How to ensure you receive feedback that’s actually helpful (and doesn’t become morale battering)

Someone getting a bit personal with their feedback?

Sometimes you’re on the receiving end of feedback that feels like an annihilation.

There’s a simple trick to training others to give you the good stuff – feedback that’s useful and constructive rather than leaving you with radioactive burns from morale stripping criticism.

Aspirational Phrases

People aspire to live up to other peoples’ high expectations of them so there’s a greater likelihood you’ll get what you want from the interaction if you top it with these aspirational phrases.

Within these statements, you want to use ‘I’ as much as you can in order to subtly set the tone and your expectations of the meeting, avoiding ‘you’ here if possible.  Take this statement, for example:

“I know you’ll give me objective and clear feedback so I’m looking forward to our meeting today.”

This may work if the other person already senses what you value about them.

However, from that same statement, a team leader may infer that you actually regard them as tactless and opinionated, which is more likely if they actually are.

So that they don’t see you as being sarcastic, go for the statement below, where I’ve knocked out the ‘you’:

“I’m looking forward to this meeting.  It’s really important for me that this (note: not ‘your’) feedback is clear and objective. That’s something that I can really work with.”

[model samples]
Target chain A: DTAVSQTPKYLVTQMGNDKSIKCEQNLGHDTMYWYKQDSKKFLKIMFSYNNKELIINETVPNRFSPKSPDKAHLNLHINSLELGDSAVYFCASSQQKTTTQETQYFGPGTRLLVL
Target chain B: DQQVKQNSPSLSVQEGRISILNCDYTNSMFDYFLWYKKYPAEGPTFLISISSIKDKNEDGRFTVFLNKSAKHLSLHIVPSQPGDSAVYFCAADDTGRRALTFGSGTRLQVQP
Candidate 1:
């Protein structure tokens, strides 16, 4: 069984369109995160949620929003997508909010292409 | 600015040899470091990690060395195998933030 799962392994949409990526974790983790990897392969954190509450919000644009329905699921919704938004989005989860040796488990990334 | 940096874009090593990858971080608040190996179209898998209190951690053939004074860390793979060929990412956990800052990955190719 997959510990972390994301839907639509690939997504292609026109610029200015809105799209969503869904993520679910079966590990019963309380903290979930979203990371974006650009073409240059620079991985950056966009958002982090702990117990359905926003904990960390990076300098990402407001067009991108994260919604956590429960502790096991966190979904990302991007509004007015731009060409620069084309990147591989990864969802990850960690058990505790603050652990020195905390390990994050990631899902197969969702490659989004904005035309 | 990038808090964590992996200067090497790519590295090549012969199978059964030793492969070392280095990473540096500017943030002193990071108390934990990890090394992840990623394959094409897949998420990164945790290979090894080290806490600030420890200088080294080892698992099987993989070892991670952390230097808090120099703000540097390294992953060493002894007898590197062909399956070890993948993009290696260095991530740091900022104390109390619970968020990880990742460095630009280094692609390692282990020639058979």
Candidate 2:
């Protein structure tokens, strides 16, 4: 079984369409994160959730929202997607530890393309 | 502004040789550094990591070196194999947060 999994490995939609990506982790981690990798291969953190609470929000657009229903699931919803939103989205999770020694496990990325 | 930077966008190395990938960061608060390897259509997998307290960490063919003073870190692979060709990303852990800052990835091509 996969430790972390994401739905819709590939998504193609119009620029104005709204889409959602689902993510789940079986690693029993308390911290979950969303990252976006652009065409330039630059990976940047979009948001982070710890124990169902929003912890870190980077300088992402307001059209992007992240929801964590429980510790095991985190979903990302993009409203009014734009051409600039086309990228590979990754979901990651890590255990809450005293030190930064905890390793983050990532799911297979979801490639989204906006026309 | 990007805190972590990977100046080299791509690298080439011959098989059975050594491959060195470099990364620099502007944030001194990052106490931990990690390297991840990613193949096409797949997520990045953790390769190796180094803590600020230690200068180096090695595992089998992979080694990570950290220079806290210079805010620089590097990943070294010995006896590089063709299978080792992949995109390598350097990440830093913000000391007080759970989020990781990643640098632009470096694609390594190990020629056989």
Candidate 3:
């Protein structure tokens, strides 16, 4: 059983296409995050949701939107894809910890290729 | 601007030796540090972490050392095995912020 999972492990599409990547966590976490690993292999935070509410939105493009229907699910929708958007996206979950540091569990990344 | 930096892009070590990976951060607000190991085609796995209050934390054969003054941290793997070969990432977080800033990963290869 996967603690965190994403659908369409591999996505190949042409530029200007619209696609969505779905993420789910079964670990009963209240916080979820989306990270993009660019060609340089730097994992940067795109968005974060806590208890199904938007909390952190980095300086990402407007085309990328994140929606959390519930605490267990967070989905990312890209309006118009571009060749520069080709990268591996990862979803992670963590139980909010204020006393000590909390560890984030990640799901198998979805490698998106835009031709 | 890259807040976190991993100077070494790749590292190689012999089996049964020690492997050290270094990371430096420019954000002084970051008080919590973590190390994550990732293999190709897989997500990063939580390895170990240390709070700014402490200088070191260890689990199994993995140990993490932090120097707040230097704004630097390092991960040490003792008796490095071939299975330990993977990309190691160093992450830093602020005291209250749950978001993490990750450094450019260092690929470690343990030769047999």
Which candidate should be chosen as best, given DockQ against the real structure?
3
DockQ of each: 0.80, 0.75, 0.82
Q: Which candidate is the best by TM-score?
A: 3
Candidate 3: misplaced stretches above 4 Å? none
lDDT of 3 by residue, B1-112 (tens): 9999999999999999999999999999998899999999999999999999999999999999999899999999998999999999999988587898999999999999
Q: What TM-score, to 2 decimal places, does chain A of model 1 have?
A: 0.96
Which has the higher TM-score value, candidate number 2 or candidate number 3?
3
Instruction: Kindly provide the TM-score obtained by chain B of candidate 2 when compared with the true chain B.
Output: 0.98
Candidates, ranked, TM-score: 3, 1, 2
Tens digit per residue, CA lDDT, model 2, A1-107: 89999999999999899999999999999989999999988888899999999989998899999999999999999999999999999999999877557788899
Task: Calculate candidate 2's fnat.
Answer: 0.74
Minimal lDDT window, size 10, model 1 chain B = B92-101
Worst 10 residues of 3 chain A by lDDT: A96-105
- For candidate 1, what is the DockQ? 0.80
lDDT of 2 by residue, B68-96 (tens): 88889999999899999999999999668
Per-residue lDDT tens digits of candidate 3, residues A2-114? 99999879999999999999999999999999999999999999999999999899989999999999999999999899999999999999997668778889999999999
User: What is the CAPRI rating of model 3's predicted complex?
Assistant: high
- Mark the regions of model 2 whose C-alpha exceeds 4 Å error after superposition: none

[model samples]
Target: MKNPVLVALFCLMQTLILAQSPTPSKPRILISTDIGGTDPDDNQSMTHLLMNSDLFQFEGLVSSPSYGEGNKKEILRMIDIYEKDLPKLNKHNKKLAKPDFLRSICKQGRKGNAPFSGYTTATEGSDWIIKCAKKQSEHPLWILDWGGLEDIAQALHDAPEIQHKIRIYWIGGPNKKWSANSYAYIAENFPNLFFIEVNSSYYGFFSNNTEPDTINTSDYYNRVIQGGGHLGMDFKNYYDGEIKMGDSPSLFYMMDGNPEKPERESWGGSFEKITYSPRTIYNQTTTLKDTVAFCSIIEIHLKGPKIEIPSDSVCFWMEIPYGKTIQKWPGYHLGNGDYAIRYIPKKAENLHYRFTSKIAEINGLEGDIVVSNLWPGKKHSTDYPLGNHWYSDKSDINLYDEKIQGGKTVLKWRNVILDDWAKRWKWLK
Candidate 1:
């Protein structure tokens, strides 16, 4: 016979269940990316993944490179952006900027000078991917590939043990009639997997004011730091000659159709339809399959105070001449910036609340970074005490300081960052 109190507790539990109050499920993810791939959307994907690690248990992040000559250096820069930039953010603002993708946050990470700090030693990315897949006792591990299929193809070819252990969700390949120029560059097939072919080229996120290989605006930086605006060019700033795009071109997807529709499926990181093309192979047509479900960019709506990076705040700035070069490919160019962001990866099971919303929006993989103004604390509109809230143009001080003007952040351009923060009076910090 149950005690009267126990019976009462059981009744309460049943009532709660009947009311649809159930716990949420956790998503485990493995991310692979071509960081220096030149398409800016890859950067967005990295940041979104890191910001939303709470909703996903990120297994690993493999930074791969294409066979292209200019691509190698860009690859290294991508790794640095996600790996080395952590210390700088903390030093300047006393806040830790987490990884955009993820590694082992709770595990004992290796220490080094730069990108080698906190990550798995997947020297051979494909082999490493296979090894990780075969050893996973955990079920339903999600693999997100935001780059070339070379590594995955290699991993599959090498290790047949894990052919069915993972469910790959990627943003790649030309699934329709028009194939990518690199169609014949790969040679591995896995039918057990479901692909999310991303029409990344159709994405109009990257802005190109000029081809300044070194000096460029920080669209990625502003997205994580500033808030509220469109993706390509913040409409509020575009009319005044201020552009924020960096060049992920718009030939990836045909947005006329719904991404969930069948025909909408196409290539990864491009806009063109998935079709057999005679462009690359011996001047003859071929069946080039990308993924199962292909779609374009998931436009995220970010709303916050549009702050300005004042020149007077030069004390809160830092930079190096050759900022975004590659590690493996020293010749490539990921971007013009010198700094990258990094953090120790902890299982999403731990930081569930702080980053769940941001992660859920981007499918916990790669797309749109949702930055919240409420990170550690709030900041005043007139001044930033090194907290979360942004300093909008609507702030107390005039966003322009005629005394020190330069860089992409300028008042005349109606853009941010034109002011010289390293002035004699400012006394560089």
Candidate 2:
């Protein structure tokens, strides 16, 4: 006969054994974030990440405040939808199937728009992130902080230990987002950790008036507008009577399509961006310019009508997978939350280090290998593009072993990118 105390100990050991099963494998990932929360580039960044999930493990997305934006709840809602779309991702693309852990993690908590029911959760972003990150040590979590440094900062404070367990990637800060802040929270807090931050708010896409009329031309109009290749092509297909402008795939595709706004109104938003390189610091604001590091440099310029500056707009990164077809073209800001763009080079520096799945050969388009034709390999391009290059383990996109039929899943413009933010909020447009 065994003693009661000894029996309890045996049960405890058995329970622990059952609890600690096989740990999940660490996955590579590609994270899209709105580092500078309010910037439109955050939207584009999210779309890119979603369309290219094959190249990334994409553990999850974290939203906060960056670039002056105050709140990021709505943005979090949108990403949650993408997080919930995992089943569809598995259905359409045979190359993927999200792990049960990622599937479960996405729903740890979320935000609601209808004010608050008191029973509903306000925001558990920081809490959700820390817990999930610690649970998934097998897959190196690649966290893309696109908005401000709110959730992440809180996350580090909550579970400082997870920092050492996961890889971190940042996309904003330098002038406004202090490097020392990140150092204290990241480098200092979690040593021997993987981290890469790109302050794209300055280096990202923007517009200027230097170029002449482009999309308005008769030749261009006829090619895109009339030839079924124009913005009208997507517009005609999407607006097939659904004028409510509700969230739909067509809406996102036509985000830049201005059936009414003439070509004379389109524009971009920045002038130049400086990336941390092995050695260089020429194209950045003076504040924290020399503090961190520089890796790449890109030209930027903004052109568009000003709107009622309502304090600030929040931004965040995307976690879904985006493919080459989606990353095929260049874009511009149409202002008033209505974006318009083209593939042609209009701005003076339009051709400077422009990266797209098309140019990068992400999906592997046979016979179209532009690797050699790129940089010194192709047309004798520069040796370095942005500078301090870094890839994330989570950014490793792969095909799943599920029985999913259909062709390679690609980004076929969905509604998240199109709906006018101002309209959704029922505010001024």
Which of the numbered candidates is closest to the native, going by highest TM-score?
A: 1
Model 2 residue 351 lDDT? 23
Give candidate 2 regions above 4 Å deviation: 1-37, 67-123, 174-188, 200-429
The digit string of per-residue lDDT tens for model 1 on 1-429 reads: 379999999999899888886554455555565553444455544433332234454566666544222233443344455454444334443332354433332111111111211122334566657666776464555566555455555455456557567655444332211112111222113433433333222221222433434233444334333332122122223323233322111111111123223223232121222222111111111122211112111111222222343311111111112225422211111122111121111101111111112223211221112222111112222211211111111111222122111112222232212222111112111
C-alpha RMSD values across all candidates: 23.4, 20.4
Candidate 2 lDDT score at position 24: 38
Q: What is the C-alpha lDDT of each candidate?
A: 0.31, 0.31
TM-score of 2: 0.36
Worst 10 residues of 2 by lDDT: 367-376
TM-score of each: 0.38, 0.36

If you need to remind them later to keep the feedback less personal, drop this in:

 “I do really find that feedback is more actionable if it’s clear and objective.”

Its a trick that Dale Carnegie talks about in his Book “How to Win Friends and Influence People” and it involves giving someone a ‘fine reputation to live up to’ in that you’re laying out your expectations of the meeting.

I’ve tweaked it slightly though, by depersonalising it here.  In this way, the tone conveys, “You’re great.  It’s the feedback that we need to make good!”  Then watch them, like an eager puppy, jumping up your leg trying to reach the height of your confidence in them.   These aspirational phrases will give those claws a good cutting back.

 

Your Action

  1. When are you next proactively approaching someone for feedback? Write it down.
  2. Are you due for an appraisal?  Note the date.
  3. Now, what would you value from those meetings?  Honesty?  Clarity?  Direction?  Whatever it may be, ensure you get it by using these aspirational phrases to set the tone.  You can even use it in the email you send to request the chat, preempting those expectations before you meet.

 

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